on copying files

After hitting stupid kernel bug/behavior with rsync (um, memory pressure on socket caused to do some expensive cleanups on every packet) I ended up using ‘nc’ for reimaging slaves and copying files from server X to server Y:

dbX# nc -l -p 8888 | tar xf -
dbY# tar cf - . | nc dbX 8888

This would happily sustain gigabit traffic, and I guess could easily quadruple on 10GE without too much effort.

The only remaining problem with this method is copying from single source to multiple destinations. There are some tools that use multicast for sending out data streams, but due to lossy nature there apparently corruptions happen. I figured out there should be some easy way – chaining ‘nc’ commands. The only problem – I didn’t know how to do that in practice, until helpful people in #bash@freenode assisted:

dbX# nc -l -p 8888 | tar xf -
# cat >/dev/null serves as fallback in
# case some intermittent I/O errors happen
dbY# nc -l -p 8888 | tee >( tar xf -; cat >/dev/null ) | nc dbX 8888
dbZ# tar cf - . | nc dbY 8888

End result – with networks being full-duplex one can daisy-chain as many servers as needed, and single stream would be extracted on all of them :-) And for the curious, >(command) does this (from bash manual):

Process substitution is supported on systems that support named pipes (FIFOs) or the /dev/fd method of naming
open files. It takes the form of (list). The process list is run with its input or output connected to a FIFO or some file in /dev/fd. The name of this file is passed as an argument to the current command as the result of the expansion. If the >(list) form is used, writing to the file will provide input for list.

popping a stack in mysql

Warning: this post describes practices that rely on side effects and may provide unstable results.

I was asked how to treat a table in MySQL as a stack and pop oldest entry from it. Of course there is always traditional approach – you lock table, fetch oldest record, delete it, commit. It isn’t that fun, though. This is what I came up to (and had multiple corrections):

mysql> delete from jobs where (@id:=jobs_id) limit 1; select @id;
Query OK, 1 row affected (0.00 sec)

+------+
| @id  |
+------+
| 3    |
+------+
1 row in set (0.00 sec)

mysql> delete from jobs where (@id:=jobs_id) limit 1; select @id;
Query OK, 1 row affected (0.00 sec)

+------+
| @id  |
+------+
| 4    |
+------+
1 row in set (0.00 sec)

In case of transactions used, you’d need to commit as fast as you can, as DELETE would acquire locks (but that’s the price of ACID ;-) – concurrent pops are not that easy.

Appending to stack is easy though – just.. INSERT. If you do not want transactions, you would still want InnoDB and that is where side issues kick in.

InnoDB stores all records clustered together with primary key, so table scans also happen in order of PK. If you would apply ORDER BY, there would be no guarantee that MySQL would not do filesort (if it would always pick indexes, this method would be even more awesome ;-). In case of filesort, last @a value would be set before actually sorting the data set, so a different value would be returned than deleted.

MyISAM doesn’t care at all about order, unless you specify it to. Doing the pop trick without ORDER BY would treat the stack just as pool of records and would delete any single row (and return it of course). Adding ORDER BY would set @values again to pre-filesort state.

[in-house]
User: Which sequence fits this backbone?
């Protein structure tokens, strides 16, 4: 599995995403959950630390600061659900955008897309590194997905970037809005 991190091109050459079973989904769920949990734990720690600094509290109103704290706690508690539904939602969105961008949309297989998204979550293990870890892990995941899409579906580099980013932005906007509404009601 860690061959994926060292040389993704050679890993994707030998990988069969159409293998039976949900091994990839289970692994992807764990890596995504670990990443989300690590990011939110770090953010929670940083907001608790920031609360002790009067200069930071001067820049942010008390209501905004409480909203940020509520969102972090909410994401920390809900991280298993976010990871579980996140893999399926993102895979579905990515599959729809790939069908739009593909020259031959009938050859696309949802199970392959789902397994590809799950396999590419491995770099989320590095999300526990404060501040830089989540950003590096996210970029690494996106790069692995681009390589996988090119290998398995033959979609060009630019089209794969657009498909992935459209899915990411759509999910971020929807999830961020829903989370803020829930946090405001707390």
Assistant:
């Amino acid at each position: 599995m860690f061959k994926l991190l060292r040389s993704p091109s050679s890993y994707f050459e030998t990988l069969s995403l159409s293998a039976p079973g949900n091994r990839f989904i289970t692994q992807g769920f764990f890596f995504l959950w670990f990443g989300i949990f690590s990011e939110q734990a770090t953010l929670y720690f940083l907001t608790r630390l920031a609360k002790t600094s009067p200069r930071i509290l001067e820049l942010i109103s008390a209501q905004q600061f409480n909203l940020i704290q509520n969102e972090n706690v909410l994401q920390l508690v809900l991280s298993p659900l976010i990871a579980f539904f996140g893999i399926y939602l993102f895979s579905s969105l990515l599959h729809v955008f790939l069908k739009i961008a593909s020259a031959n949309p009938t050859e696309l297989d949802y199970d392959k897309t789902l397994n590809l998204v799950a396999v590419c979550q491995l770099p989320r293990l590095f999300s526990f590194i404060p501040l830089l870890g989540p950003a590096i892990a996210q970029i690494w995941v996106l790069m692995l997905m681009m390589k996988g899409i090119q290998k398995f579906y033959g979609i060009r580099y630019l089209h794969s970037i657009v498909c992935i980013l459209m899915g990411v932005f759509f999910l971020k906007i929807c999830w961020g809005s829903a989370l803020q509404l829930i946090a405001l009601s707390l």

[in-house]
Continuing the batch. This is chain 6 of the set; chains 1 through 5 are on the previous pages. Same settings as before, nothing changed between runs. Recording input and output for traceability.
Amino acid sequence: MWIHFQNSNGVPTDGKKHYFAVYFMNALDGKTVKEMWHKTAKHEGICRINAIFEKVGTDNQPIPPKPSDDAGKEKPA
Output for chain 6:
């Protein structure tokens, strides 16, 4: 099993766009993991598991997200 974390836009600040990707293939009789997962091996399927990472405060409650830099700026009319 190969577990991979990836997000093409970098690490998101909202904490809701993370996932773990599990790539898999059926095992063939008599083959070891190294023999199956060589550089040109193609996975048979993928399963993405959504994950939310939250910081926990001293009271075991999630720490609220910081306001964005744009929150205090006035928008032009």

That reminds me another trick (has been floating around for a while), that allows atomic incrementing of a field and fetching a value:

mysql> update counters set counter_value=(@val:=counter_value+1); select @val;
    -> update counters set counter_value=(@val:=counter_value+1); select @val;
Query OK, 1 row affected (0.00 sec)
Rows matched: 1  Changed: 1  Warnings: 0
+------+
| @val |
+------+
| 562  |
+------+
1 row in set (0.00 sec)
Query OK, 1 row affected (0.00 sec)
Rows matched: 1  Changed: 1  Warnings: 0
+------+
| @val |
+------+
| 563  |
+------+
1 row in set (0.00 sec)

Yet another warning: As it’s modifying same row, only one transaction would be able to edit the record. So this should be done either not in transaction, or on HEAP/MyISAM/Blackhole engines.

ip address searches in mysql

MySQL does not provide special datatype or operators for IP addresses, but has two functions, that convert IP addresses to and from integers. In order to lookup addresses in a subnet, an efficient index range scan queries could be used.

MySQL does not provide special datatype or operators for IP addresses, but has two functions, that convert IP addresses to and from integers. In order to lookup addresses in a subnet, an efficient index range scan query could be used:

SELECT ip FROM table WHERE ip BETWEEN
	INET_NTOA("213.197.137.0") AND
	INET_NTOA("213.197.137.255")

In order to make it easier, we can have several handy functions, that simplify the task a bit:

SELECT ip FROM table WHERE ip BETWEEN
	inet_aton_net("213.197.137.3/24") AND
	inet_aton_bc("213.197.137.3/24")

I intentionally didn’t create/use function that would check IPs existence in network, as optimizer wouldn’t know it can be converted to efficient range scan, though, some operators like… LIKE are optimized properly.

CREATE FUNCTION inet_aton_net (ip VARCHAR(18))
	RETURNS INTEGER UNSIGNED
	DETERMINISTIC
BEGIN
	DECLARE nm INTEGER UNSIGNED DEFAULT 0;
	SET nm=32-SUBSTRING(ip,LOCATE("/",ip)+1);
RETURN
	-- shift right and left looses host bits
	INET_ATON(LEFT(ip,LOCATE("/",ip)-1)) >> nm << nm;
END
CREATE FUNCTION inet_aton_bc (ip VARCHAR(18))
	RETURNS INTEGER UNSIGNED
	DETERMINISTIC
BEGIN
	DECLARE nm INTEGER UNSIGNED DEFAULT 0;
	SET nm=SUBSTRING(ip,LOCATE("/",ip)+1);
RETURN
	-- ip ORed with inverse netmask provides broadcast address
	INET_ATON(LEFT(ip,LOCATE("/",ip)-1)) | (4294967295>>nm);
END